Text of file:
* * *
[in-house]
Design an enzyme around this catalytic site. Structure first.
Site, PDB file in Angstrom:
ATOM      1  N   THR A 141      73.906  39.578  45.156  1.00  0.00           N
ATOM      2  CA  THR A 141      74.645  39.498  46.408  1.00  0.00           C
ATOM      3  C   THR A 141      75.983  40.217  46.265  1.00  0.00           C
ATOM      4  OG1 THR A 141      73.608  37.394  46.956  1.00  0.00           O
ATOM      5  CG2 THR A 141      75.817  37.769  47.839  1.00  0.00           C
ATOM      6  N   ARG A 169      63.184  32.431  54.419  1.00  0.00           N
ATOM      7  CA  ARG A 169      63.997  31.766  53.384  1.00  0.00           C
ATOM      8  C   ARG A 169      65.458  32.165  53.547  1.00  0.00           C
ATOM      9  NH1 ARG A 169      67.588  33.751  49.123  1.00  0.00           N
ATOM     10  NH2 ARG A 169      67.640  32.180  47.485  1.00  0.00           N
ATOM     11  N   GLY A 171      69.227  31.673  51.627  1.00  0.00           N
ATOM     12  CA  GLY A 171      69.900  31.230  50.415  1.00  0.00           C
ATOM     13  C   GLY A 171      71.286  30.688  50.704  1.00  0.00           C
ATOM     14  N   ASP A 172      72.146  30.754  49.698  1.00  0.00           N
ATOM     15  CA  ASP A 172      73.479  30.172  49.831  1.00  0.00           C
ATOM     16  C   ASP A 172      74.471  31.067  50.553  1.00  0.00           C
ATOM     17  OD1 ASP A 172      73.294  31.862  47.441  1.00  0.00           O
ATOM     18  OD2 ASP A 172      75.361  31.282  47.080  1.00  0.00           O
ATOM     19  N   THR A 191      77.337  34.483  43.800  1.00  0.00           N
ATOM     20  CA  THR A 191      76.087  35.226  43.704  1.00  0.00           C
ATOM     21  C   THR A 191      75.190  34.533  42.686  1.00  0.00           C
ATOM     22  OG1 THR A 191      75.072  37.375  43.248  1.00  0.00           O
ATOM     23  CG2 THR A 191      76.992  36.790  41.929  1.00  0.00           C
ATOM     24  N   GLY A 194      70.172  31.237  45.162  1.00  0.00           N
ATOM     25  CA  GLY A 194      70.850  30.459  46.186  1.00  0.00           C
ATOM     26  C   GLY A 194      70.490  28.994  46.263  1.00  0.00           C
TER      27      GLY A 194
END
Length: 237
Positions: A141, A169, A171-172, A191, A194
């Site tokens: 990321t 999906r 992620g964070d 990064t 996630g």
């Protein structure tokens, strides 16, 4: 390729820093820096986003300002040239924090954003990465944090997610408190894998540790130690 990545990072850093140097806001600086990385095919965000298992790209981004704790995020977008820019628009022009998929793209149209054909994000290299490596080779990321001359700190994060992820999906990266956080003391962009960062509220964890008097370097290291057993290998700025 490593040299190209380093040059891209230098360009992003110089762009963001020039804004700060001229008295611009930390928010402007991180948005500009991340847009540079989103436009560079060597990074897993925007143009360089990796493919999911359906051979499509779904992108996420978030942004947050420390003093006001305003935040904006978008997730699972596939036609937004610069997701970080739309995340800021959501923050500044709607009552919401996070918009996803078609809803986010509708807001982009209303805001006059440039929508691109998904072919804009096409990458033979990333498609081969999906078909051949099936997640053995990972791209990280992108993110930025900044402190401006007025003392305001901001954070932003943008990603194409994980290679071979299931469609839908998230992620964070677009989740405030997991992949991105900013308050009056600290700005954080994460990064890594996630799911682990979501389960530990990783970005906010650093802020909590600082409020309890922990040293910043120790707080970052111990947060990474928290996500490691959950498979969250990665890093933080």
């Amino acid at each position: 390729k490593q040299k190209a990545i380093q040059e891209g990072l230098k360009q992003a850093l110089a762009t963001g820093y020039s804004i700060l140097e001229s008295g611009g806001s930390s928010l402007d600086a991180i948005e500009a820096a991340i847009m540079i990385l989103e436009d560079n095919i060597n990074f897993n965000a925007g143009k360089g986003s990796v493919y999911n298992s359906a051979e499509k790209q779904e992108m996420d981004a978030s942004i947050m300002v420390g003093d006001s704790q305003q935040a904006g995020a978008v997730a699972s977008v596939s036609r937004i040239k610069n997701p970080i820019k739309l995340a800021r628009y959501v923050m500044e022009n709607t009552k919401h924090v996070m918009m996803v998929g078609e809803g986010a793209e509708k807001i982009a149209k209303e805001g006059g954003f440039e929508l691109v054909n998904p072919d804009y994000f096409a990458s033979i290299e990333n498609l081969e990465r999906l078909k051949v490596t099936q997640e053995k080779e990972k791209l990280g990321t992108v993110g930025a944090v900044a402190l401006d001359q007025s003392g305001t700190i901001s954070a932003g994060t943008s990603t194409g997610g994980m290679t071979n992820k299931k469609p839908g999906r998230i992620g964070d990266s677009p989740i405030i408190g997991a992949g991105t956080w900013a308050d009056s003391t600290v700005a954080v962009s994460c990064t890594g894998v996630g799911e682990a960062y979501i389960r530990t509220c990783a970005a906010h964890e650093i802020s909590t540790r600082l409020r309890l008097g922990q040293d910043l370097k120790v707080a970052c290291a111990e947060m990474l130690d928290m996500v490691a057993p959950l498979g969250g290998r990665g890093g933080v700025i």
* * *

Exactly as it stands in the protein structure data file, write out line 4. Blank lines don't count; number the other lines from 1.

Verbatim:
ATOM      1  N   THR A 141      73.906  39.578  45.156  1.00  0.00           N